Mormon Tabernacle Choir and Orchestra Help Celebrate Saratoga Springs Centennial
Contributed By R. Scott Lloyd, Church News staff writer
- The Mormon Tabernacle Choir and Orchestra at Temple Square help observe the centennial celebration for Saratoga Springs on June 29.
- The occasion was especially meaningful for Rep. Tonko, who had just suffered the death of his father the day before.
- Teenage members of choral groups from the area, such as the Princeton Girls Choir from New Jersey, sat in with the Mormon Tabernacle Choir during the sound check.
“It was probably the closest time I ever felt like I got to heaven.” —Mayor Joanne D. Yepson of Saratoga Springs
SARATOGA SPRINGS, NEW YORK
This city, known for its natural spring waters and thoroughbred horse racing, is observing 100 years this year since its founding as a municipality, and the Mormon Tabernacle Choir and Orchestra at Temple Square helped observe the centennial with a June 29 concert in the covered amphitheater at Saratoga Performing Arts Center.
It was the third stop for the choir and orchestra on their two-week Atlantic Coast tour and the choir’s third visit to the city, the previous occasions being in 2003 and 1967. This concert, presented before a sold-out audience of some 5,600, including those in reserved seating in the amphitheater and general admission seating on the lawn above, was an official centennial celebration event for the city.
Mayor Joanne D. Yepsen of Saratoga Springs and U.S. Rep. Paul D. Tonko of New York, whose district includes Saratoga County, were on hand for the occasion. Mayor Yepsen was given the traditional honorary privilege of directing the last encore song of the concert, “This Land Is Your Land.”
The occasion was especially meaningful for Rep. Tonko, who had just suffered the death of his father the day before.
“It felt very uplifting,” he said after the concert. “The heavenly voices of the choir just resonated with tremendous grace and beauty.”
He said that with his grieving, he had second thoughts about coming but decided to attend in search of a spiritual connection.
“I found it,” he said. “And it was so powerful. So powerful.”
The performance of “Come, Thou Fount of Every Blessing” touched him deeply, he said, as he thought of his father.
“It just really hit home, because as I leafed through so many bits of music today, that was one of the pieces that I thought may be appropriate for his salute, for his farewell, and to hear it tonight and to have it performed so tremendously just touched me. I could feel his presence. It was a great connection, a great healing. I think the arts are healers.”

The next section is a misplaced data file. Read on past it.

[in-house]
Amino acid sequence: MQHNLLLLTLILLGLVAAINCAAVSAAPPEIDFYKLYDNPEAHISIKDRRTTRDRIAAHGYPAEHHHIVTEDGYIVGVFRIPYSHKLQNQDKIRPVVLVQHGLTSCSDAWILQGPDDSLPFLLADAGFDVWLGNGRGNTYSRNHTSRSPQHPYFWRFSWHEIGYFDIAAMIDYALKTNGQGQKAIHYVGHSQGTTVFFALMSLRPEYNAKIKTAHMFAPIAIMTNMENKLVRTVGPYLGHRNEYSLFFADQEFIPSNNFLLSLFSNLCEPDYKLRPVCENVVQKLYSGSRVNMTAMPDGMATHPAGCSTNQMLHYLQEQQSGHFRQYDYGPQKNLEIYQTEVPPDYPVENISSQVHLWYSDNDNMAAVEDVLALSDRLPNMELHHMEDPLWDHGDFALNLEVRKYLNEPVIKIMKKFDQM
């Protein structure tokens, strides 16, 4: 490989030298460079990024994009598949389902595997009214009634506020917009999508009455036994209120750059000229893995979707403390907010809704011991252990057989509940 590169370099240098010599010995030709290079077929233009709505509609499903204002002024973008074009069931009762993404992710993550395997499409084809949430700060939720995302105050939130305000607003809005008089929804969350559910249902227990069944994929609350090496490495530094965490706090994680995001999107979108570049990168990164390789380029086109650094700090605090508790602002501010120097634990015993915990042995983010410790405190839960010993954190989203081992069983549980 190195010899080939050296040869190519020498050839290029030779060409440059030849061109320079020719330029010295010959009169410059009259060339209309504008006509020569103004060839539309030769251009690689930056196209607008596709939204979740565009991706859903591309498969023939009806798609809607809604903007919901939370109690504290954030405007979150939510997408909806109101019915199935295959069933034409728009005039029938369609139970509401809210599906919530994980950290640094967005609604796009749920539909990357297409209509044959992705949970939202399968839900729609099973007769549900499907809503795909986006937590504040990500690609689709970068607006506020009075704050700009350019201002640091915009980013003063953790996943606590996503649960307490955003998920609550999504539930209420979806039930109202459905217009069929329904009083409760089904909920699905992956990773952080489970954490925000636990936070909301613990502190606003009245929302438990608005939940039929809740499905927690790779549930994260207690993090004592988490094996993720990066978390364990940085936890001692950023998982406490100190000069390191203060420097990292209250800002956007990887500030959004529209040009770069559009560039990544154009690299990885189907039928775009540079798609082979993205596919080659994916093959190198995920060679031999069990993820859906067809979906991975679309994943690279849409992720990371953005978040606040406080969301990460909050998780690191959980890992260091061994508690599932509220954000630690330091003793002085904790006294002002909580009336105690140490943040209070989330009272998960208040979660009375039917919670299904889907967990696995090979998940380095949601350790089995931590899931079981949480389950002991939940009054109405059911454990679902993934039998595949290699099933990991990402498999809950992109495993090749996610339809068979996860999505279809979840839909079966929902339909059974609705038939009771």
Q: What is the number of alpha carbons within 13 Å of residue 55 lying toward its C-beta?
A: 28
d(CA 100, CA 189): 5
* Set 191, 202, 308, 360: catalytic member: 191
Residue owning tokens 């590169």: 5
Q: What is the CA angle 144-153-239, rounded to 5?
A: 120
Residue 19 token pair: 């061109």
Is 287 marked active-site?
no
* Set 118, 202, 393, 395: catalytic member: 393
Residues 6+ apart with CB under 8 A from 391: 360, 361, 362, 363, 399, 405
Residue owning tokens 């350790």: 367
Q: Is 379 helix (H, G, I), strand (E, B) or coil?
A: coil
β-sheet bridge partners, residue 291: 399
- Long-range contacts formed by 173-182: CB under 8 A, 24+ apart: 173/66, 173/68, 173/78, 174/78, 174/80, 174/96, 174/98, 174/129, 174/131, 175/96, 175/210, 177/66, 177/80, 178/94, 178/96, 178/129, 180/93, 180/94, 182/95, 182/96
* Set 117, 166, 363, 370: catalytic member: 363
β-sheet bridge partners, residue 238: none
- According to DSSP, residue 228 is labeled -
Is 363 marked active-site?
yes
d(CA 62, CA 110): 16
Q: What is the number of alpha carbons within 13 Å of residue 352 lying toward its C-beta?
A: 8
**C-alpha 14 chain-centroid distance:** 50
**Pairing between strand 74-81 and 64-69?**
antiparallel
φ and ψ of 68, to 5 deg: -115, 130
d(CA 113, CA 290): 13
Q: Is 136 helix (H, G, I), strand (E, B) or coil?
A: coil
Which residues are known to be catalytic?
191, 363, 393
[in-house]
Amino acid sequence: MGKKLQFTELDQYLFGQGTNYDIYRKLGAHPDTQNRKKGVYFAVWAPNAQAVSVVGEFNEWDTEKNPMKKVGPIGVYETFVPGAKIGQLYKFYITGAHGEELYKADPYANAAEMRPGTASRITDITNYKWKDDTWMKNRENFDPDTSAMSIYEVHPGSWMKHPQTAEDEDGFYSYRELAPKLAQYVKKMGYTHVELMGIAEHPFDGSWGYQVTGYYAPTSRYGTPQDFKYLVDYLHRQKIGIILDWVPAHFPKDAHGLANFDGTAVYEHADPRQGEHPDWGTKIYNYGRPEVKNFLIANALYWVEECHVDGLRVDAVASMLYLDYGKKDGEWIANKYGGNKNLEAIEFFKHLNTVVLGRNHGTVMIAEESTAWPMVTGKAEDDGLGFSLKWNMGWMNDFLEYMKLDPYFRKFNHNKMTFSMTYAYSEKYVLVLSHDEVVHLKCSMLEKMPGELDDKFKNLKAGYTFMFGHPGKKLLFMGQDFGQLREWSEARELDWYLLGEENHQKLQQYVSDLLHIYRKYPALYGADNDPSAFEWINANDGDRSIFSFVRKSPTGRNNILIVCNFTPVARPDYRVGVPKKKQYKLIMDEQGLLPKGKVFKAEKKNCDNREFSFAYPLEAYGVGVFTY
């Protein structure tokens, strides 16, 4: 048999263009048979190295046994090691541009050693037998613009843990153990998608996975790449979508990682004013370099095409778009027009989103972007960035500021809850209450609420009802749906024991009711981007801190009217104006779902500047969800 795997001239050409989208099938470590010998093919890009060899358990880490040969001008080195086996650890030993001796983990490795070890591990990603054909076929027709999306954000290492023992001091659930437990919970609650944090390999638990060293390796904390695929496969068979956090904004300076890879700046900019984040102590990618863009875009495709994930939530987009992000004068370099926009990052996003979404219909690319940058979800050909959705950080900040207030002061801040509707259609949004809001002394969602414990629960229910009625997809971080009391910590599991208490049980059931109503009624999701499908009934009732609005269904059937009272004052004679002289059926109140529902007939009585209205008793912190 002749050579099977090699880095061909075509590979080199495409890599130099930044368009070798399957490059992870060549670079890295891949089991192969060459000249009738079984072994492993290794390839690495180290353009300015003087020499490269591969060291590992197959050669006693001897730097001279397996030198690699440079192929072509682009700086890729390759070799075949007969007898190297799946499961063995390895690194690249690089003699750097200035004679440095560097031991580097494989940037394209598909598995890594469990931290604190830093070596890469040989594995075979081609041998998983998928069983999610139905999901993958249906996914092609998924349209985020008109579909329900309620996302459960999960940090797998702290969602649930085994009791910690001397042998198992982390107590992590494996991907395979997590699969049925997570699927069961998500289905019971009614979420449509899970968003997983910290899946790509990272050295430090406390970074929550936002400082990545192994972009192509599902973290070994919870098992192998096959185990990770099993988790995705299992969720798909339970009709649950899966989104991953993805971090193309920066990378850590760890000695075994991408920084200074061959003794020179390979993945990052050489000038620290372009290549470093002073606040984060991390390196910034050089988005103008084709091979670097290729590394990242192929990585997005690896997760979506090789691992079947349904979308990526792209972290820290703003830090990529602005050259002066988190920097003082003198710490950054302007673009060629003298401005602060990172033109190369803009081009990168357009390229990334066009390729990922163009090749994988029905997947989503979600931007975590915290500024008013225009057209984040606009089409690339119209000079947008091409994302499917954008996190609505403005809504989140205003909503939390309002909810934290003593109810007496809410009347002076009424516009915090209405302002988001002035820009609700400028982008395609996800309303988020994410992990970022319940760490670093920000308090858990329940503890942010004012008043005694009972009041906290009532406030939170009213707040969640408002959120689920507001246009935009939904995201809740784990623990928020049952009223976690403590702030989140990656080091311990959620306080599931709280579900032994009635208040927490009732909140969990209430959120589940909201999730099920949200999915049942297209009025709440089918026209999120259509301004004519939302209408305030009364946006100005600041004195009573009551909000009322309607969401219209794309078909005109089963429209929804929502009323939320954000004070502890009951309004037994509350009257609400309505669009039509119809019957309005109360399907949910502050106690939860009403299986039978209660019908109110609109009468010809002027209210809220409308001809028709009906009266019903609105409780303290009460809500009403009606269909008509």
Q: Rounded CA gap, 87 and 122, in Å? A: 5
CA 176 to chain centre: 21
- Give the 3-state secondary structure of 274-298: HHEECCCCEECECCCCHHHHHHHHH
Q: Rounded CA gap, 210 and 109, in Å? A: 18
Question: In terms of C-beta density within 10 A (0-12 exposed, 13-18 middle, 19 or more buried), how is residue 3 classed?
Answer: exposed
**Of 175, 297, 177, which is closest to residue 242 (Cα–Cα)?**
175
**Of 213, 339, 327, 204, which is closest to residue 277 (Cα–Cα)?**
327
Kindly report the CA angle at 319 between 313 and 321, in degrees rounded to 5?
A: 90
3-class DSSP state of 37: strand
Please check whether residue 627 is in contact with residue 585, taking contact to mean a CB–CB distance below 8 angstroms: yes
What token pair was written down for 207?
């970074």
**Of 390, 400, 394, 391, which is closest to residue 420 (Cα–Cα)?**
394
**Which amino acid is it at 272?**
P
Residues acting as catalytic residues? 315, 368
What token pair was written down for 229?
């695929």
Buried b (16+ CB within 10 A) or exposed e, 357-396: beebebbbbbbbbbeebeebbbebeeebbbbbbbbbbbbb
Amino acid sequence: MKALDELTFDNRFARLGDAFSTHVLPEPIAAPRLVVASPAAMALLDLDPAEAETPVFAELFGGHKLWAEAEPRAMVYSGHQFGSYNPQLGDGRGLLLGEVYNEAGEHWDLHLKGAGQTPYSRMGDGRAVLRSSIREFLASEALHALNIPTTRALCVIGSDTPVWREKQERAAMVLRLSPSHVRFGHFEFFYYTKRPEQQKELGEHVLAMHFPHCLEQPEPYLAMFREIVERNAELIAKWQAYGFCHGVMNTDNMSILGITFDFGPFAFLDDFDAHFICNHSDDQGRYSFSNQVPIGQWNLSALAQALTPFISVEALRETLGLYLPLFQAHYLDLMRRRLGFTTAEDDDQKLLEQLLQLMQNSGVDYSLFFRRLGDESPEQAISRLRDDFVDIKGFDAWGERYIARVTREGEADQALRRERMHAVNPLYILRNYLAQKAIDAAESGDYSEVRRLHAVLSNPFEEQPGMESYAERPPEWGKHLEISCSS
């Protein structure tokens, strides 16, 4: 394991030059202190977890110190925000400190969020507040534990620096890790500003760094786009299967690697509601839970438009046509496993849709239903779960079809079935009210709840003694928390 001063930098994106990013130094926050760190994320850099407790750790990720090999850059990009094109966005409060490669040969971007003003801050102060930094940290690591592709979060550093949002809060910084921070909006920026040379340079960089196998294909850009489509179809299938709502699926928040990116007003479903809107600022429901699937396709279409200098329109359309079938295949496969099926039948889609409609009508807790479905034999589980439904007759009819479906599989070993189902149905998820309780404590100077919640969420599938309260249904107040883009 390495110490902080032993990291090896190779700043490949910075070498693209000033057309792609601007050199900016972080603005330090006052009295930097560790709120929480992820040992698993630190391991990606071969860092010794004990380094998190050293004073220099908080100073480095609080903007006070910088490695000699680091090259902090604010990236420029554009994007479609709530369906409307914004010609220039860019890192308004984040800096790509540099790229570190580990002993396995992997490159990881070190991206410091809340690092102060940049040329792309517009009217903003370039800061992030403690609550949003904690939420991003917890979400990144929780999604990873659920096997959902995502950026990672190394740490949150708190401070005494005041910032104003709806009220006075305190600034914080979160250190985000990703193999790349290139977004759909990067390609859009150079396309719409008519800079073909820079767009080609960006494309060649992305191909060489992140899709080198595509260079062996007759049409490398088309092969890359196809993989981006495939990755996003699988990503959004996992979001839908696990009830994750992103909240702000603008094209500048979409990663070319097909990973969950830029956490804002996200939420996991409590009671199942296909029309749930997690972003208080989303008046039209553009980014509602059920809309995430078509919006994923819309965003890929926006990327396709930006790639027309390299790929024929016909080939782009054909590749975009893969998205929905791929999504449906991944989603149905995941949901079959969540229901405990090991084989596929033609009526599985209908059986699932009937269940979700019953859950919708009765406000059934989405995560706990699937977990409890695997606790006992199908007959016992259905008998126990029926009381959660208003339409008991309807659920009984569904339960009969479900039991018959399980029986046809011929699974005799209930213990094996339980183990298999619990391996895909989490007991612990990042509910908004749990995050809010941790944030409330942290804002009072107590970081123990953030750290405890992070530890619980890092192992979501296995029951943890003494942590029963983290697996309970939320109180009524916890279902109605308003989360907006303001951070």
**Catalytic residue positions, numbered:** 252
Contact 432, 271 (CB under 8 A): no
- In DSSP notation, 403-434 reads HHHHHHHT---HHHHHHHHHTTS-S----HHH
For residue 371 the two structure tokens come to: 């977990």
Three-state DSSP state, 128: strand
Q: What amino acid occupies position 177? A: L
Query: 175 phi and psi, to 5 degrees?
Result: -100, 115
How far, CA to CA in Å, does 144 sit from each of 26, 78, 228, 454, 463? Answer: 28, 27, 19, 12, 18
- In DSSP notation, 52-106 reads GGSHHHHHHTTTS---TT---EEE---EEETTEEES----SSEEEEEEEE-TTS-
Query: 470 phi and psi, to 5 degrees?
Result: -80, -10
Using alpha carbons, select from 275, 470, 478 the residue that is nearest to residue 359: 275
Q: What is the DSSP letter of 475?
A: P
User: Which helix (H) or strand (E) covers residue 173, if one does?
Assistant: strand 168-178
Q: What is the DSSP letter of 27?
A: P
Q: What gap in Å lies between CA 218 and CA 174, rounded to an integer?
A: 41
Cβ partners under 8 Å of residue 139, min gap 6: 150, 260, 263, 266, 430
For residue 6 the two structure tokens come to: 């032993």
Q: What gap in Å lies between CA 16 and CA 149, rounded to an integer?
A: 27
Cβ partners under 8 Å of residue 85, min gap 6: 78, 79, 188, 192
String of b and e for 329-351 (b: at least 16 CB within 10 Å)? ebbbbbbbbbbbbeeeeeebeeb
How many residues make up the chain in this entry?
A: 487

Mayor Yepsen said her opportunity to conduct the choir and orchestra was humbling and overwhelming.
“It was probably the closest time I ever felt like I got to heaven,” she said. “The colors and the glitter and this full sound, the professionalism and synchronicity were very intense. It was pure fun for me to be up there and be a part of it.”
She said when she was invited her first thought was to ask her son, Cole, to help her prepare. He is studying music at Belmont University.
“But what really went through my mind is, what a great way to celebrate the centennial. … Arts have been a part of our city right from the beginning, just like the mineral waters and the horses. Arts are a big part of what make up Saratoga Springs and why we feel we are different and special from most other cities.”
The sound check for the concert earlier in the day was an opportunity for teenage members of choral groups from the area, such as the Princeton Girls Choir from New Jersey, to sit in with the Mormon Tabernacle Choir.
“We brought two of our high school girls—one graduating senior and one who’s moving up to be a senior—and they’re very excited,” said Rob Soricelli, who teaches for Burnt Hills-Balston Lake Central Schools in New York.
“I honestly can’t believe we have this experience,” said Ashley Fugal, the graduating senior, who is a member of the Church. “I’ve grown up listening to them, so to be able to actually sing with them is like just kind of breathtaking.”
Allison Taft, the other student, said, “It’s amazing. I feel so grateful to be given this opportunity. I never thought I’d be doing something like this.”
The Atlantic Coast tour for the choir and orchestra continues this week with two concerts at New York City’s famed Carnegie Hall and an appearance at Yankee Stadium, where the choir will sing the national anthem to open a New York Yankees baseball game.